Planning your narrative on a boat!
- Posting from Rotterdam, The Nederlands
A compelling narrative, whether in the form of a news article or a book, is a compendium of solidly constructed scenes, which strike a judicious balance between stark reality and dramatic tension. Often, achieving such a balance involves being part of those scenes yourself. In other words, going and checking it out for real. And hence, my Europe trip began -- a research tour for my upcoming novel, 'TWIN FLAME'.
Today, I sketched out a number of book scenes, sitting on a boat in Rotterdam as I listened to a guide talk about a Jewish centre with 16 stainless steel tanks and an erstwhile shipyard building now under redevelopment for a renewed focus on sustainability. Rotterdam is a beautiful and culturally enriching city replete with creative inspiration, stories of Jewish history and a regal facade of the Euromast. And Rotterdam's quaint harbours, skyline and stories of its history are best seen and heard from a boat.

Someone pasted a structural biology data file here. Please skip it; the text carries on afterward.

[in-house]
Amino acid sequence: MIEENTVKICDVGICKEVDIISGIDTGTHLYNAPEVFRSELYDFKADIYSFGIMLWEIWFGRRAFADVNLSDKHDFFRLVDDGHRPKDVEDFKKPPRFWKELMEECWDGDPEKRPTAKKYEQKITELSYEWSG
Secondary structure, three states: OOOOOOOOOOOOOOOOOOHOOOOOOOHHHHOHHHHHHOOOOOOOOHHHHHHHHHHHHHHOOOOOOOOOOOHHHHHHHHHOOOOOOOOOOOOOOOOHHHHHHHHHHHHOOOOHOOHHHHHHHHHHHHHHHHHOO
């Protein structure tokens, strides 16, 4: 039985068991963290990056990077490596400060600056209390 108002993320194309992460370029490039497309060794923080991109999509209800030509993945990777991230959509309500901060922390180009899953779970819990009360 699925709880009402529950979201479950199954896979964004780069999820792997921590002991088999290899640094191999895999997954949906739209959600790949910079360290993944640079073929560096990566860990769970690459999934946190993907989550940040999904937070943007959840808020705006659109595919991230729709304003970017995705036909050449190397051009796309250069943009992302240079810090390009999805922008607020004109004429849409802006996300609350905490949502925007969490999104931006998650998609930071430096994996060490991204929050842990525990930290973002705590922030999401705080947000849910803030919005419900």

And then, there's the insightful experience of chatting with locals and getting a better feel for the place and its intrinsic ambience and vibe. I cannot emphasize enough how important such conversations are for a writer who often lives through her characters, whether those characters arise within a fiction setting or a news cycle. A first-hand experience of what you'd like to write about always gives that additional layer of authenticity, the feel of the scene and setting and the soul of it - not something that authors can find by solely researching on the Internet and/or gawking at a Google satellites map.
I'm off to Prague tomorrow morning, where I am gearing up for another set of adventures. Watch out for more on that. And I'll write again soon. I promise!
My new office: On a boat in Rotterdam, Netherlands!